Rory Reid, who failed a gubernatorial bid in Nevada last November, is taking heat for allegedly creating dozens of campaign accounts to get around contribution limits -- a scheme the top state election official said could run afoul of the law.

Nevada Secretary of State Ross Miller has sent a letter to Reid, the son of U.S. Senate Majority Leader Harry Reid, and his advisers "in regard to potential violations" of state election law, pressing them to fork over records accounting for how the Reid campaign handled and distributed donations. The red flag for Miller was the fact Reid set up 90 political action committees all registered at the same Las Vegas address.

Miller warned that the information Reid supplies "may be used against you in an administrative, civil or criminal proceeding."

The stern warning follows an investigative report by Las Vegas Sun reporter Jon Ralston, who found Reid guided $750,000 through the mini-PACs into his campaign account. The money originally was raised for the Economic Leadership PAC, an account registered in the names of two of his aides. But then, according to the report, the donations were distributed in $10,000 increments to the dozens of mini-PACs registered to one staffer and, from there, into Reid's campaign account.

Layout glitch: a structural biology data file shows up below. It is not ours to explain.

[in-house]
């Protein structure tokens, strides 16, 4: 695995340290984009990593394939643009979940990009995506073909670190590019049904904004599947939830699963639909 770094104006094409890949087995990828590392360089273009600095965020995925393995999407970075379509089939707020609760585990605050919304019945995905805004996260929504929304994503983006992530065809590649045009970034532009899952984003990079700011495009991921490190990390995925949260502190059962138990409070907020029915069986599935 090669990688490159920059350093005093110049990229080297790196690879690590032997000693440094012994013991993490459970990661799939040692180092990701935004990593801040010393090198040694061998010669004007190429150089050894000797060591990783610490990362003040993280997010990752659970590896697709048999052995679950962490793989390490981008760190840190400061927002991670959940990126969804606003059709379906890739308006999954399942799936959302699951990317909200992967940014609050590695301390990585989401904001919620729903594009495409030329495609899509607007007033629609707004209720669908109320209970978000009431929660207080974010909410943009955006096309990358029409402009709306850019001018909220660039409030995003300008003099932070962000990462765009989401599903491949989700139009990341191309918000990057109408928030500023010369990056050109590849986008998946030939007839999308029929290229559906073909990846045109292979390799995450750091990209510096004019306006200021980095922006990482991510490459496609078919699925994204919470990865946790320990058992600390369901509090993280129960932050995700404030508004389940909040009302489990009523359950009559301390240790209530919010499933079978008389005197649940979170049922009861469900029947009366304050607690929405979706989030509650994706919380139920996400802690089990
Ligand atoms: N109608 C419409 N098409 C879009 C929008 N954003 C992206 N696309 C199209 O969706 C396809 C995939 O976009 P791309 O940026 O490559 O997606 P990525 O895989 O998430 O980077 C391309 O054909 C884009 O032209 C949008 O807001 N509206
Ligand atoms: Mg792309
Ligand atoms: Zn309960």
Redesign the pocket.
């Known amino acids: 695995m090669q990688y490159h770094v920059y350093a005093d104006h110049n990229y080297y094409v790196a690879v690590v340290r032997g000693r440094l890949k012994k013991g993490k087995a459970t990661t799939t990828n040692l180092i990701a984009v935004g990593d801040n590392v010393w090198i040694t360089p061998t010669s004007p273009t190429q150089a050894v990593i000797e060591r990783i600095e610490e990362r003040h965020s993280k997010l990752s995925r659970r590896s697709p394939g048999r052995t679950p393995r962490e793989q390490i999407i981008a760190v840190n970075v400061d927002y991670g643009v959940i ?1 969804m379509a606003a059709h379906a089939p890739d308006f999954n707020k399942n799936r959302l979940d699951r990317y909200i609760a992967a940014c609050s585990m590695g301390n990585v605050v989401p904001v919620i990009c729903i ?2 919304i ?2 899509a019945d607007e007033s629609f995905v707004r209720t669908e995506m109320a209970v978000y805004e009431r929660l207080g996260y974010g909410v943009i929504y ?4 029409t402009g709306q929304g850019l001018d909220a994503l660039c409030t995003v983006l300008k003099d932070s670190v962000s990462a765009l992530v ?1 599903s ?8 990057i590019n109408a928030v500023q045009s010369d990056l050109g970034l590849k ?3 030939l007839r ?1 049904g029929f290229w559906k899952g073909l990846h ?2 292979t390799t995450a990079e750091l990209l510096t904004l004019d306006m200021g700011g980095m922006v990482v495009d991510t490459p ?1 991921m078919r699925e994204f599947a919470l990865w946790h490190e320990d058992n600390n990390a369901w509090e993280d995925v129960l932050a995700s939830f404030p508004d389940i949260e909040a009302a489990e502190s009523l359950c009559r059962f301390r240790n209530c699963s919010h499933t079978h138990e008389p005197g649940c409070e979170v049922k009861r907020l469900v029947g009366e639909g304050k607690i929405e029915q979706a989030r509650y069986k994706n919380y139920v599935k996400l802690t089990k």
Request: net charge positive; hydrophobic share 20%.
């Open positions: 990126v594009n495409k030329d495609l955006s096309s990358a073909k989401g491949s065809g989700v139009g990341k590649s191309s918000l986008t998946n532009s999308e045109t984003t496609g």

In doing so, Reid technically adhered to a $10,000 cap on donations. Reid told the Las Vegas Sun that the money shuffling was all above-board, "fully disclosed" and compliant with the law.

"If it's a statement on anything, it's a statement on the failure of campaign laws. This was not done in the dark of night," Reid reportedly said.

But Ralston -- who is a political analyst and columnist in Nevada, and also hosts a local news show -- compared the maneuver to money laundering, and Miller cited his reporting in requesting records from the Reid campaign. Miller asked for copies of all checks made out to Reid's campaign from the PACs; other records documenting those contributions; records documenting donations to the PACs; and records detailing all bank accounts opened for the Reid campaign.

Reid, the former chairman of the Clark County Commission, lost his bid for governor against Republican Brian Sandoval in November.

Incidentally, Miller last month proposed a legislative package of reforms for Nevada's campaign finance law, calling for more transparency with PAC accounts among other things.